THE DEATH PENALTY IS DEEPLY FLAWED.
The death penalty in the U.S. is applied in an unfair and racially biased manner; risks the execution of the innocent; targets the most vulnerable in our society; and is used in just a few isolated counties across the country.
There is growing momentum to end the death penalty in the United States.
An increasing number of states and jurisdictions have abandoned the death penalty in law or in practice as the public, legislators, and governors grow increasingly concerned about the practice. Over the last few years, executions and death sentences have reached record lows. Public opinion polling reveals steady declines in support for the death penalty, and a clear preference among Americans for life sentences over the death penalty.
jurisdictions have abandoned the death penalty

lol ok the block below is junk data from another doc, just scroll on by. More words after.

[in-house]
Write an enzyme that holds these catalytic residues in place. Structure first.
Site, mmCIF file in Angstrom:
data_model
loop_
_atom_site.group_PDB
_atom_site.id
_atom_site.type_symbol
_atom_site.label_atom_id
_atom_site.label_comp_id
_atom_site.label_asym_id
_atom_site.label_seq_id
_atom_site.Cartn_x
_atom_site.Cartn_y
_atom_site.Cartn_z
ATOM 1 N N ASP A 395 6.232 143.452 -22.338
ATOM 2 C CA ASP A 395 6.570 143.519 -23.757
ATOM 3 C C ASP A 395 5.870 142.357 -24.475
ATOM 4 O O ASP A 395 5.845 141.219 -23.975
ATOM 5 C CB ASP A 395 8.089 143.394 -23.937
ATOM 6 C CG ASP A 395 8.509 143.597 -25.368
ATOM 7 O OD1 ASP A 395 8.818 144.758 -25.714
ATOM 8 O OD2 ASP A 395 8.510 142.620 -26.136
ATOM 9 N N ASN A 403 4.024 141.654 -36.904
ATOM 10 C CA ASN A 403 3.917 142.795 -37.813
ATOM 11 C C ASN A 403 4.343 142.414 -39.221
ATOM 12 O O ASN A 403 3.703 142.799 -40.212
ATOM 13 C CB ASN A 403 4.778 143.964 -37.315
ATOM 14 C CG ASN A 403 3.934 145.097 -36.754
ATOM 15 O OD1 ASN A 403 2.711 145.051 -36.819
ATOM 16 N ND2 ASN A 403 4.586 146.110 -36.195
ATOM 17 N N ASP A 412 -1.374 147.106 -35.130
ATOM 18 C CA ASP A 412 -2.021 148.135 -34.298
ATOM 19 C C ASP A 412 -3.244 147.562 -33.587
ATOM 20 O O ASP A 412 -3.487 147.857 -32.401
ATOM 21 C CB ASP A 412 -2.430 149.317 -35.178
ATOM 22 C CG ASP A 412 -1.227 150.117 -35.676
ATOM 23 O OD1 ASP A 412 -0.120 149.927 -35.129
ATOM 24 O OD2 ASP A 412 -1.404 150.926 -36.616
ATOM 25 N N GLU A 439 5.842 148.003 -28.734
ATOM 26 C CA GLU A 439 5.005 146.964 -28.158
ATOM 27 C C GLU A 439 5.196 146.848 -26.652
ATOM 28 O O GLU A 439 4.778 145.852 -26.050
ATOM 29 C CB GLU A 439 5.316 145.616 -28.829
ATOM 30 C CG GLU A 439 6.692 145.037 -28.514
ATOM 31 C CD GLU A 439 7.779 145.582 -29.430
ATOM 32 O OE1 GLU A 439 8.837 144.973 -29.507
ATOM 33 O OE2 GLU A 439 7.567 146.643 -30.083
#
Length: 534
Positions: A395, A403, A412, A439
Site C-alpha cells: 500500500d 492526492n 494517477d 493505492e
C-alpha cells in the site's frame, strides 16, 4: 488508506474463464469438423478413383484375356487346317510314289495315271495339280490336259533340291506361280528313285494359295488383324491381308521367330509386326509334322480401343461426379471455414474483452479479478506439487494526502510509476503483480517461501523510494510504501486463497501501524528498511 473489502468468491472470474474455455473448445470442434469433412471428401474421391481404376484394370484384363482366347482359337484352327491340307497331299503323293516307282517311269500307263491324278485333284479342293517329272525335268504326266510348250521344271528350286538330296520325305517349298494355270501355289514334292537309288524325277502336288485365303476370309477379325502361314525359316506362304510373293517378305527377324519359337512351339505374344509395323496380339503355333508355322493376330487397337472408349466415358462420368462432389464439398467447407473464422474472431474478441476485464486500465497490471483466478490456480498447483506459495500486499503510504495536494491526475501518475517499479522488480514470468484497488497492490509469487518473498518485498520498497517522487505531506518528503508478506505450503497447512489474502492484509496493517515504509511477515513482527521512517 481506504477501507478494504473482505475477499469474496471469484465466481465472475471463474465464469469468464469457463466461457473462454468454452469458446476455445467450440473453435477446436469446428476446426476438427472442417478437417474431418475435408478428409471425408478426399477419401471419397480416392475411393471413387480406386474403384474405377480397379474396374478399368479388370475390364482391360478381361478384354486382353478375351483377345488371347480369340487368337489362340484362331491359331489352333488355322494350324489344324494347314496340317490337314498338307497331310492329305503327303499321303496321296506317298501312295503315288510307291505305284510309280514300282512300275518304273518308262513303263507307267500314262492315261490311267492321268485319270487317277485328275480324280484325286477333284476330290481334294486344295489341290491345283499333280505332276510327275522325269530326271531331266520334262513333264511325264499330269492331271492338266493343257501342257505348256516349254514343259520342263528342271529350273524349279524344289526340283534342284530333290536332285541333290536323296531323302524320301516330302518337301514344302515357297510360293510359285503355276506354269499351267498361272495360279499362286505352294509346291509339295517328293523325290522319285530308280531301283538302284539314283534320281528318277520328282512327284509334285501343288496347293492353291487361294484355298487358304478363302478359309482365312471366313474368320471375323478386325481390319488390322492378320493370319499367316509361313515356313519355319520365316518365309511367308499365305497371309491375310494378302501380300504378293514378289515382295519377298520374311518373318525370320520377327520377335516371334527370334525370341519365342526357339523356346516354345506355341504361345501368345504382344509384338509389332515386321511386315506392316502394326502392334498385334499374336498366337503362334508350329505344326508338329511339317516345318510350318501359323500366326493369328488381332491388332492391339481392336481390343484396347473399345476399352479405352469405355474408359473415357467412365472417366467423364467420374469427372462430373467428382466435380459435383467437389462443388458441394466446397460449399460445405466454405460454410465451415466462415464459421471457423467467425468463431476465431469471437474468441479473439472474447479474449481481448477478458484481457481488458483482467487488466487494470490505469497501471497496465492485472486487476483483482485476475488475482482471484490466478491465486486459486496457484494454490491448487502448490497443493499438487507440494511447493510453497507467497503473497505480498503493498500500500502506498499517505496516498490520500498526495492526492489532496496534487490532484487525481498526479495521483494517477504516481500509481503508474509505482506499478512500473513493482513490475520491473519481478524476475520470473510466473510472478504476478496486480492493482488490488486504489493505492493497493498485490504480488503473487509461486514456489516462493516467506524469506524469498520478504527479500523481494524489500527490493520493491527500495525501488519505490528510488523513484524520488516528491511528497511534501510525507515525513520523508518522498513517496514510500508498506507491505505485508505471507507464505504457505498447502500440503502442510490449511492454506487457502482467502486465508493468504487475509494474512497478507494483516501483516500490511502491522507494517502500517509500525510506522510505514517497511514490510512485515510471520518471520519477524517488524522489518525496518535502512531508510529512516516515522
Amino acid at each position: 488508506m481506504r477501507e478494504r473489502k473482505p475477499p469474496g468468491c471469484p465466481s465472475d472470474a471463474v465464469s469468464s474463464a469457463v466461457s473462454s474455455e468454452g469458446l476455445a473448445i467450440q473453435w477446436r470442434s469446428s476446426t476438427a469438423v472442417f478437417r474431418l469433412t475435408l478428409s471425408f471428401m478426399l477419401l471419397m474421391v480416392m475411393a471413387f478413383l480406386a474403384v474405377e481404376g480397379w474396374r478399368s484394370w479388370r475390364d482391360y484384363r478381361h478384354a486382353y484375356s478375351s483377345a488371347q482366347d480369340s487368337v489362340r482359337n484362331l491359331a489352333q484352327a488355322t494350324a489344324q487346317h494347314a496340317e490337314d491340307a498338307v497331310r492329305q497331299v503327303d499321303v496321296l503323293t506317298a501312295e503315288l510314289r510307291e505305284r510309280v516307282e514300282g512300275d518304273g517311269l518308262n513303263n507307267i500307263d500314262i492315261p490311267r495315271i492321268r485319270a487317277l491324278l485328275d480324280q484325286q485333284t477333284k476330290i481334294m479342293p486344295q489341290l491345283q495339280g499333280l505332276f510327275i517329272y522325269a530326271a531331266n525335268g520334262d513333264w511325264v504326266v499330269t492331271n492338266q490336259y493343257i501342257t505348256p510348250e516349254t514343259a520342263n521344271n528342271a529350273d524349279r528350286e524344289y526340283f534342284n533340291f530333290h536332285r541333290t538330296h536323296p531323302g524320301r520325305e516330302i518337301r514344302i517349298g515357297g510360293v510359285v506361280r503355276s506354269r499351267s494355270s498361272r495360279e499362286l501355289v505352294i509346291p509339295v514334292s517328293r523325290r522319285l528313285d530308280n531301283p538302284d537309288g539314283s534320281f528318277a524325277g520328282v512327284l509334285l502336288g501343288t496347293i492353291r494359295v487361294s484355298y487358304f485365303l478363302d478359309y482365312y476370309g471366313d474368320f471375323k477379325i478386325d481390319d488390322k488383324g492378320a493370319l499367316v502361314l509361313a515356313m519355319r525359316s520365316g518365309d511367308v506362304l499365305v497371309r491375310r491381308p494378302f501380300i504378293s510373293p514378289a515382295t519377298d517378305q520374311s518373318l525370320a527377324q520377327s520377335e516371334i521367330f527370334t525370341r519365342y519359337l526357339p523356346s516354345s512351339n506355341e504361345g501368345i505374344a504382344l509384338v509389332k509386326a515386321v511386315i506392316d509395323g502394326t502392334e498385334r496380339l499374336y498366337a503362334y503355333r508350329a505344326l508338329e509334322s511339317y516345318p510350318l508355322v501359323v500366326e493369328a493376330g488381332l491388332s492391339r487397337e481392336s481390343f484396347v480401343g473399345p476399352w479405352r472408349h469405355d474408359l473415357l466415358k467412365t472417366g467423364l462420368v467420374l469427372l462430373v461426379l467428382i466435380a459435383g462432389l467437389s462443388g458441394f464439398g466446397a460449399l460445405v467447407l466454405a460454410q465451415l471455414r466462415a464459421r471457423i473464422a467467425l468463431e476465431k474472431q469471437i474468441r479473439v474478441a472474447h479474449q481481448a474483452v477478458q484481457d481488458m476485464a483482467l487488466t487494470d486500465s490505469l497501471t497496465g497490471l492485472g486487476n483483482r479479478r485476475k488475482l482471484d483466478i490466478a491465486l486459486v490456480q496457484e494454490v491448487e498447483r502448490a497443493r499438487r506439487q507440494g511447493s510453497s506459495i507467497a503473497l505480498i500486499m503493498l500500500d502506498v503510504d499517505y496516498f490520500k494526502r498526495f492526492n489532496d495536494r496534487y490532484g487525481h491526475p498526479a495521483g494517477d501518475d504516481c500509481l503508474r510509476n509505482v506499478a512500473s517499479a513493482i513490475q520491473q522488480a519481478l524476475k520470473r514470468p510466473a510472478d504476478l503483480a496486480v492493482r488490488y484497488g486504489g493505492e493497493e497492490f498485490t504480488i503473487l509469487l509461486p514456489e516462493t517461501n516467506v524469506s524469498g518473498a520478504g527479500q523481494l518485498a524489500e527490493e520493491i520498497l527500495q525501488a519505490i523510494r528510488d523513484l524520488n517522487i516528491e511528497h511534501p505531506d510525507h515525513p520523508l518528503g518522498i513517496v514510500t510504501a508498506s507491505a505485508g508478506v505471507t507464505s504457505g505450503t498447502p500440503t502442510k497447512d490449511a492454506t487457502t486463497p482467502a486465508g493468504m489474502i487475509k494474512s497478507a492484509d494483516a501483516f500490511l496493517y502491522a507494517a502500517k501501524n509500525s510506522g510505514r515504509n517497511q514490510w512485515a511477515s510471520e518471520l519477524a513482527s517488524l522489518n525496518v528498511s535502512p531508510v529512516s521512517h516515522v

35 states along with the District of Columbia and the U.S. military have either formally abandoned the death penalty, or haven't carried out an execution in 10 years or more.
Governors have halted executions
The governors of Oregon, California, and Pennsylvania have vowed not to perform an execution while systemic flaws persist. In Ohio, the governor has also said executions will not be carried out due to issues surrounding lethal injection.
Record low death sentences
For the past three years, juries have imposed record low numbers of death sentences. Today, executions are also at record lows and the number of people on death row is at its lowest point since 1992.
The U.S. is an International outlier
The U.S is among only a handful of nations still carrying out executions, including Iran, Iraq, Saudi Arabia, and China. A 2018 report by Amnesty International found that the U.S. had the 7th highest number of executions worldwide.